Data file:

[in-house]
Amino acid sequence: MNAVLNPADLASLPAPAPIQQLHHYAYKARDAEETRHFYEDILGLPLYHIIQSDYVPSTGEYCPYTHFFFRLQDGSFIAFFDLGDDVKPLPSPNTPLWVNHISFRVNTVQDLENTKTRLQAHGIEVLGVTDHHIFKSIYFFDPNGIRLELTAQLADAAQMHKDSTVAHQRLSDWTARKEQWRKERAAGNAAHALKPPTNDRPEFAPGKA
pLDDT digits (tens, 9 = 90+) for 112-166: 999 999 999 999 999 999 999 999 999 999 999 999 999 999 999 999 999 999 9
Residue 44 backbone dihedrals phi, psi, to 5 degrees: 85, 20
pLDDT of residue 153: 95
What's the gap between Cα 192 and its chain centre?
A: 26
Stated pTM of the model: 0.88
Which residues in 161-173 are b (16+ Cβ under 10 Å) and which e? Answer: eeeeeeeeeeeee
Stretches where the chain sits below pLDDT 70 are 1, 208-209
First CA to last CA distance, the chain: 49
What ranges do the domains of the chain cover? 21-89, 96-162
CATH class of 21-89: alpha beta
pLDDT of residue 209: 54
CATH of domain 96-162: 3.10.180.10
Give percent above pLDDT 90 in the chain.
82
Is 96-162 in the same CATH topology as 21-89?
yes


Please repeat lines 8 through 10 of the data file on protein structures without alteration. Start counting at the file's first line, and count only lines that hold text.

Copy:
Stated pTM of the model: 0.88
Which residues in 161-173 are b (16+ Cβ under 10 Å) and which e? Answer: eeeeeeeeeeeee
Stretches where the chain sits below pLDDT 70 are 1, 208-209